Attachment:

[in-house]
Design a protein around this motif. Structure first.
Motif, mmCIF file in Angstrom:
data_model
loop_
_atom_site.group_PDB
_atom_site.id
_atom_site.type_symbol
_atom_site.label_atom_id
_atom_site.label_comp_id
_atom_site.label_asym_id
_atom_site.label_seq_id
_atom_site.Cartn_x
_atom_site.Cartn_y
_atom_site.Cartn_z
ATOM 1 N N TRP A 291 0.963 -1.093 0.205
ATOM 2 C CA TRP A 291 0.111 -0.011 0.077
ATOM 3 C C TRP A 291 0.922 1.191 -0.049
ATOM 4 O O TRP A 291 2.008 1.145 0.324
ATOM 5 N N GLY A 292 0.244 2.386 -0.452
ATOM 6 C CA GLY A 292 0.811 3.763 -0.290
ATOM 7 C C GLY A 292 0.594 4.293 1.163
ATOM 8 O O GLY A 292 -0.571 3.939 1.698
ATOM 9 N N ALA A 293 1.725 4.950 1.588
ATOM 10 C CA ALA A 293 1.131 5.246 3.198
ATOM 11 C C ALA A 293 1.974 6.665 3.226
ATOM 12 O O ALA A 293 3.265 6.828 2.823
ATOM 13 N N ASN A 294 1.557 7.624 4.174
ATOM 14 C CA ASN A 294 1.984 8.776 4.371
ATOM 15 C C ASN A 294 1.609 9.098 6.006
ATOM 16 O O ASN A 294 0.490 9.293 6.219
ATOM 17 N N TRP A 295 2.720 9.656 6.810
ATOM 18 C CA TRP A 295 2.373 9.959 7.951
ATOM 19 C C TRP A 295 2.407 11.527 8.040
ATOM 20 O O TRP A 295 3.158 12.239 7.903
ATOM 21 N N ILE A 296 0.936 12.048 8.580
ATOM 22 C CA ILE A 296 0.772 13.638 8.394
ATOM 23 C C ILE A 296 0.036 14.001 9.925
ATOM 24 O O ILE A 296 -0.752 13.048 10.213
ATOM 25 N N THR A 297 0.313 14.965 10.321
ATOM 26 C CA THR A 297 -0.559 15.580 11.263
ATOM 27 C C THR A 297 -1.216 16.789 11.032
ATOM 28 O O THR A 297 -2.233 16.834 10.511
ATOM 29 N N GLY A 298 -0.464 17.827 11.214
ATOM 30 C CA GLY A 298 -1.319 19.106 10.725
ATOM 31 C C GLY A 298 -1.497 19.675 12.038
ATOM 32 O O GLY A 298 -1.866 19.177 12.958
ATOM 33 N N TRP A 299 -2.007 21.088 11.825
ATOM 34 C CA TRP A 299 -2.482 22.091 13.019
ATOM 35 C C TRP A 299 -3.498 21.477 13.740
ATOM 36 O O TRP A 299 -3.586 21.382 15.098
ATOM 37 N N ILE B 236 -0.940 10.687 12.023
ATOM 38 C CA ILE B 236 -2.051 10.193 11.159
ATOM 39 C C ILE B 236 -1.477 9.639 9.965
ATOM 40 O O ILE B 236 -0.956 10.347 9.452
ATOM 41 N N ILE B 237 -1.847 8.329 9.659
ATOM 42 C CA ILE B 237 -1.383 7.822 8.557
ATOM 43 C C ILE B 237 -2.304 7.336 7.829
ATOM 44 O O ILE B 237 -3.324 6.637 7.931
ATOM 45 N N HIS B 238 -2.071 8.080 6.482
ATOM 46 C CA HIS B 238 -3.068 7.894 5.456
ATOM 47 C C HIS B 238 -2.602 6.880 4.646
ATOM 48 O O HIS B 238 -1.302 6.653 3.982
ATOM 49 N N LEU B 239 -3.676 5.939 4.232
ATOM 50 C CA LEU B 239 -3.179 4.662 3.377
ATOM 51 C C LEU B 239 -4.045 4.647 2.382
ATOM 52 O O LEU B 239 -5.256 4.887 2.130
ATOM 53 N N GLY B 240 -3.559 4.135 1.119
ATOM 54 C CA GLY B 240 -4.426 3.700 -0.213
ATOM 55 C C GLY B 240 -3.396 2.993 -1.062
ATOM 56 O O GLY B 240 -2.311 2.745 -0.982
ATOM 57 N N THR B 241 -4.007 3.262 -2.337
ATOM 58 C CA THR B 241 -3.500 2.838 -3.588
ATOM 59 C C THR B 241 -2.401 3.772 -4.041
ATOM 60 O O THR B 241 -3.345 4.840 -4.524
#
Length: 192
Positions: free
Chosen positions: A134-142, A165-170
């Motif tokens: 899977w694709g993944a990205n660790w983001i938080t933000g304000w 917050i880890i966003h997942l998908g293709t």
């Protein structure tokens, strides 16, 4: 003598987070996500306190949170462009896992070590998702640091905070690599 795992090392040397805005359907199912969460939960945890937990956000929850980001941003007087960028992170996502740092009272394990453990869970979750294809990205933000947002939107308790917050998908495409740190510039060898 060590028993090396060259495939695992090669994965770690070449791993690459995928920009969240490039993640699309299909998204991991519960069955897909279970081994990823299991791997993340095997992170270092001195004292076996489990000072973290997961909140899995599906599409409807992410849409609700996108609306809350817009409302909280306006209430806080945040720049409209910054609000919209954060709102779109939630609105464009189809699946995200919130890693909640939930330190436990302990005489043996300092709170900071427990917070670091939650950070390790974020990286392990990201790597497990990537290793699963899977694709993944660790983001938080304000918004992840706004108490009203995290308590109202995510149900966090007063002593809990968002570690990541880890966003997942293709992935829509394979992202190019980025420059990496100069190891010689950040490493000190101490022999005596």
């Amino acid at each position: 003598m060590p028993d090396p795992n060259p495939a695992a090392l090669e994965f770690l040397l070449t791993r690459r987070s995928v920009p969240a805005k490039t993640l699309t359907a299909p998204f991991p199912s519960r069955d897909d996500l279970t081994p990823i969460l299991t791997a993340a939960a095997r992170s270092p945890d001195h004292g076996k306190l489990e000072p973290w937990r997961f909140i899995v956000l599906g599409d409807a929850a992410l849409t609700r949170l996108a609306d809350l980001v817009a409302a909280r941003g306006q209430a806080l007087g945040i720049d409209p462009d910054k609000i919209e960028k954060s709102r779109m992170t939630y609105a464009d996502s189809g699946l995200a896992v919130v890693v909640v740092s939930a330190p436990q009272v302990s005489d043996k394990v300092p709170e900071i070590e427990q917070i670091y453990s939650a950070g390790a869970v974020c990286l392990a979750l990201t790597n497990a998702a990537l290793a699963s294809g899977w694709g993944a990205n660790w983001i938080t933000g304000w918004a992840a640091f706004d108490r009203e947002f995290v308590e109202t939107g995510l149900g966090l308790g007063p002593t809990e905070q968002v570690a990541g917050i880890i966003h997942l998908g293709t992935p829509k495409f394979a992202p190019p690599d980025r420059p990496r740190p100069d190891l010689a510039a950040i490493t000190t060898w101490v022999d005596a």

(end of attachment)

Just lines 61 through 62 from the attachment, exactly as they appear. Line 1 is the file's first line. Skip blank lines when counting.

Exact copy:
ATOM 46 C CA HIS B 238 -3.068 7.894 5.456
ATOM 47 C C HIS B 238 -2.602 6.880 4.646